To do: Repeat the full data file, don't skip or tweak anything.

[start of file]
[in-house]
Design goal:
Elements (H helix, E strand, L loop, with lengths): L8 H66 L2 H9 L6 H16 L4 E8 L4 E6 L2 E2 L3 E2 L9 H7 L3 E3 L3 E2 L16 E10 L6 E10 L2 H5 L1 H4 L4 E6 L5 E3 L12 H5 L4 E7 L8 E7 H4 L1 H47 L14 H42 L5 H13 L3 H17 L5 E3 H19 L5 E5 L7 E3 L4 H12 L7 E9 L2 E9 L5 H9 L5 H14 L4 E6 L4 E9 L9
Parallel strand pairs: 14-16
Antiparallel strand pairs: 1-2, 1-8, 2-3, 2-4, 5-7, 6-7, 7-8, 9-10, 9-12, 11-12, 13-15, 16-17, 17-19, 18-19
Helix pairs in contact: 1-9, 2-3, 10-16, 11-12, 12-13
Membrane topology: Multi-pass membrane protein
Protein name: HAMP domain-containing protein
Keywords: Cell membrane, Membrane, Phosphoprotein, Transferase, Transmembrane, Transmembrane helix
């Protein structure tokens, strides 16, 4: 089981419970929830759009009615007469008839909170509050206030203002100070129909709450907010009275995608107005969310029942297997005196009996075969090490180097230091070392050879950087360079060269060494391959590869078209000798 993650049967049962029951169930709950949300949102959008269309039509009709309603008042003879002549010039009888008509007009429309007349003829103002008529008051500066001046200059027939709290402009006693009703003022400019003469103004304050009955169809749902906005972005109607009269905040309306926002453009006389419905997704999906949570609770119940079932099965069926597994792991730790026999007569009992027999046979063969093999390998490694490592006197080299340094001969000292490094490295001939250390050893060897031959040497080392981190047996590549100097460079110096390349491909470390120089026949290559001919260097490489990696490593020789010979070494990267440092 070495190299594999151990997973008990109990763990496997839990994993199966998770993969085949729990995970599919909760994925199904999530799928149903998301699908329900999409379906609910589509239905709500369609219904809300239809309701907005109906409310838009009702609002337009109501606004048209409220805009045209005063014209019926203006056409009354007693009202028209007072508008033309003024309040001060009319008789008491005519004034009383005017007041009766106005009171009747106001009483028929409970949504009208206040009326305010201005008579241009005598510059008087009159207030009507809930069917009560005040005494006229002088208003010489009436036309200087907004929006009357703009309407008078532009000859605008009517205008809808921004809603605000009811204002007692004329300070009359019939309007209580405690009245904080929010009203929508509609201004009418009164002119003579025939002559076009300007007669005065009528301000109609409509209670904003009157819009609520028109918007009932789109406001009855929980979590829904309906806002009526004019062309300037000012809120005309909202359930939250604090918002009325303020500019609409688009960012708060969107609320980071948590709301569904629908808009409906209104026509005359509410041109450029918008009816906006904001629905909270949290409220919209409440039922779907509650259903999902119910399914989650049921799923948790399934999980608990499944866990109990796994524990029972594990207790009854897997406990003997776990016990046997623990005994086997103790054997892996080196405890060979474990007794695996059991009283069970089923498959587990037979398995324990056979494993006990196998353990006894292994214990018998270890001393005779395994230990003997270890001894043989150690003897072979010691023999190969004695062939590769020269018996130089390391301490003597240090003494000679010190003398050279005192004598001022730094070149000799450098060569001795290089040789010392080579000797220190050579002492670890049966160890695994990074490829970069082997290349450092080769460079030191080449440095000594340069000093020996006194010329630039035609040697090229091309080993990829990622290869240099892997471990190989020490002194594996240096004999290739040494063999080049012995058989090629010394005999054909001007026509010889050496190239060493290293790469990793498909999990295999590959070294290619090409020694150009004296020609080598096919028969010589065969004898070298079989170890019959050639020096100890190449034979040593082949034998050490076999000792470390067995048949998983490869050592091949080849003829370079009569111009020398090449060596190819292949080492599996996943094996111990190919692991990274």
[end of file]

[in-house]
Design goal:
Elements (H helix, E strand, L loop, with lengths): L8 H66 L2 H9 L6 H16 L4 E8 L4 E6 L2 E2 L3 E2 L9 H7 L3 E3 L3 E2 L16 E10 L6 E10 L2 H5 L1 H4 L4 E6 L5 E3 L12 H5 L4 E7 L8 E7 H4 L1 H47 L14 H42 L5 H13 L3 H17 L5 E3 H19 L5 E5 L7 E3 L4 H12 L7 E9 L2 E9 L5 H9 L5 H14 L4 E6 L4 E9 L9
Parallel strand pairs: 14-16
Antiparallel strand pairs: 1-2, 1-8, 2-3, 2-4, 5-7, 6-7, 7-8, 9-10, 9-12, 11-12, 13-15, 16-17, 17-19, 18-19
Helix pairs in contact: 1-9, 2-3, 10-16, 11-12, 12-13
Membrane topology: Multi-pass membrane protein
Protein name: HAMP domain-containing protein
Keywords: Cell membrane, Membrane, Phosphoprotein, Transferase, Transmembrane, Transmembrane helix
């Protein structure tokens, strides 16, 4: 089981419970929830759009009615007469008839909170509050206030203002100070129909709450907010009275995608107005969310029942297997005196009996075969090490180097230091070392050879950087360079060269060494391959590869078209000798 993650049967049962029951169930709950949300949102959008269309039509009709309603008042003879002549010039009888008509007009429309007349003829103002008529008051500066001046200059027939709290402009006693009703003022400019003469103004304050009955169809749902906005972005109607009269905040309306926002453009006389419905997704999906949570609770119940079932099965069926597994792991730790026999007569009992027999046979063969093999390998490694490592006197080299340094001969000292490094490295001939250390050893060897031959040497080392981190047996590549100097460079110096390349491909470390120089026949290559001919260097490489990696490593020789010979070494990267440092 070495190299594999151990997973008990109990763990496997839990994993199966998770993969085949729990995970599919909760994925199904999530799928149903998301699908329900999409379906609910589509239905709500369609219904809300239809309701907005109906409310838009009702609002337009109501606004048209409220805009045209005063014209019926203006056409009354007693009202028209007072508008033309003024309040001060009319008789008491005519004034009383005017007041009766106005009171009747106001009483028929409970949504009208206040009326305010201005008579241009005598510059008087009159207030009507809930069917009560005040005494006229002088208003010489009436036309200087907004929006009357703009309407008078532009000859605008009517205008809808921004809603605000009811204002007692004329300070009359019939309007209580405690009245904080929010009203929508509609201004009418009164002119003579025939002559076009300007007669005065009528301000109609409509209670904003009157819009609520028109918007009932789109406001009855929980979590829904309906806002009526004019062309300037000012809120005309909202359930939250604090918002009325303020500019609409688009960012708060969107609320980071948590709301569904629908808009409906209104026509005359509410041109450029918008009816906006904001629905909270949290409220919209409440039922779907509650259903999902119910399914989650049921799923948790399934999980608990499944866990109990796994524990029972594990207790009854897997406990003997776990016990046997623990005994086997103790054997892996080196405890060979474990007794695996059991009283069970089923498959587990037979398995324990056979494993006990196998353990006894292994214990018998270890001393005779395994230990003997270890001894043989150690003897072979010691023999190969004695062939590769020269018996130089390391301490003597240090003494000679010190003398050279005192004598001022730094070149000799450098060569001795290089040789010392080579000797220190050579002492670890049966160890695994990074490829970069082997290349450092080769460079030191080449440095000594340069000093020996006194010329630039035609040697090229091309080993990829990622290869240099892997471990190989020490002194594996240096004999290739040494063999080049012995058989090629010394005999054909001007026509010889050496190239060493290293790469990793498909999990295999590959070294290619090409020694150009004296020609080598096919028969010589065969004898070298079989170890019959050639020096100890190449034979040593082949034998050490076999000792470390067995048949998983490869050592091949080849003829370079009569111009020398090449060596190819292949080492599996996943094996111990190919692991990274």